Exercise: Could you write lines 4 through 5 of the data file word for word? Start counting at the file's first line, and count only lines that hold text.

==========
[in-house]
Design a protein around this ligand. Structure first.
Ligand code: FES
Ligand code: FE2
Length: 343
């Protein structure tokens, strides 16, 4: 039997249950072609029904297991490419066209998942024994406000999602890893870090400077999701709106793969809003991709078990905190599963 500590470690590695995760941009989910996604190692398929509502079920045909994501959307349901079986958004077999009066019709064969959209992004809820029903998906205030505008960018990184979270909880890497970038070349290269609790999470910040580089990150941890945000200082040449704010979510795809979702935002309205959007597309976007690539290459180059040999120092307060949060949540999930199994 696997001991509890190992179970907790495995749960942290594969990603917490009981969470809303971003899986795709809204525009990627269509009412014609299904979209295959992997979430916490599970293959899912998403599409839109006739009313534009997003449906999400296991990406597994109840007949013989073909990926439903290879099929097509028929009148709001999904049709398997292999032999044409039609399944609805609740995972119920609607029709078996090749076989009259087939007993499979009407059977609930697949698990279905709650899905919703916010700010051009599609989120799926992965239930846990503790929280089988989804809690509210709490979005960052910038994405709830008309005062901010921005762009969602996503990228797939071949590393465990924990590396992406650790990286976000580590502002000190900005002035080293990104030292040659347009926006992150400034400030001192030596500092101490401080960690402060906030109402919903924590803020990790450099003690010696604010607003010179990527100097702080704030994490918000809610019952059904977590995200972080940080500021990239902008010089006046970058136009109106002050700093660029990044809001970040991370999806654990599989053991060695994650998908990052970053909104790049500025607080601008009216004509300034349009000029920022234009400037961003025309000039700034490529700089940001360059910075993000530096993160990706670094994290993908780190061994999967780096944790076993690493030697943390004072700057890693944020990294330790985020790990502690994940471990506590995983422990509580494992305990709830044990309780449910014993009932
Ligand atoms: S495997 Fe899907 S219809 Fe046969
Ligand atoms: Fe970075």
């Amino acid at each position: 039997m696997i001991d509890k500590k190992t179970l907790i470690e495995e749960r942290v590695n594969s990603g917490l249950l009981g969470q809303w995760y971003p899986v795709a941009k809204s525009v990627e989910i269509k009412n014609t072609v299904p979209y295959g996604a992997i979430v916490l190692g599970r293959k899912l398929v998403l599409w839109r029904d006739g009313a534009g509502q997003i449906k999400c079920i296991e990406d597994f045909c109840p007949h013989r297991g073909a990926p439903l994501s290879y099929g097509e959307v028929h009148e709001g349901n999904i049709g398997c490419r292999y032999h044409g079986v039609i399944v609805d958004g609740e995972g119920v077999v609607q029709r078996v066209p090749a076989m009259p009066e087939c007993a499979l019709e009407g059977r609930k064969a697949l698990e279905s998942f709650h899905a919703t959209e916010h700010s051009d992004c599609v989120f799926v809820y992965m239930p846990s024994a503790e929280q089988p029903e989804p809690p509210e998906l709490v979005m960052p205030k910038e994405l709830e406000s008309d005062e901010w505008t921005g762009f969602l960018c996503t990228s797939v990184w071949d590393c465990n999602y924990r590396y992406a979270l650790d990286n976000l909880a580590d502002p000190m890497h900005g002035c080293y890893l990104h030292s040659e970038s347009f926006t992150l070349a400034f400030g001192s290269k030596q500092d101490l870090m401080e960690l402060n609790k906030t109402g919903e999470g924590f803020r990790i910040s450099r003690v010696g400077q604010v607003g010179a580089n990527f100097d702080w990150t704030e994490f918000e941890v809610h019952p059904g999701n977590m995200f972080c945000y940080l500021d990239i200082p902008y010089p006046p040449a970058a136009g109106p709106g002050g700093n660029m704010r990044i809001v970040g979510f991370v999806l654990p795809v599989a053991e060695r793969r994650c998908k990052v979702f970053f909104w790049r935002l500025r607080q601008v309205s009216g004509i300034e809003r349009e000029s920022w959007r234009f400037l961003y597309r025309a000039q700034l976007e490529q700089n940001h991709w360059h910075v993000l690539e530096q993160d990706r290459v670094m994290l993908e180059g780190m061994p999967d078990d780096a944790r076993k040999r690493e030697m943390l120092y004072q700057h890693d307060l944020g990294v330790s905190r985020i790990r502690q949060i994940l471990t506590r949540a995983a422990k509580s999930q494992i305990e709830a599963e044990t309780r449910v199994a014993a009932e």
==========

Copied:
Ligand code: FE2
Length: 343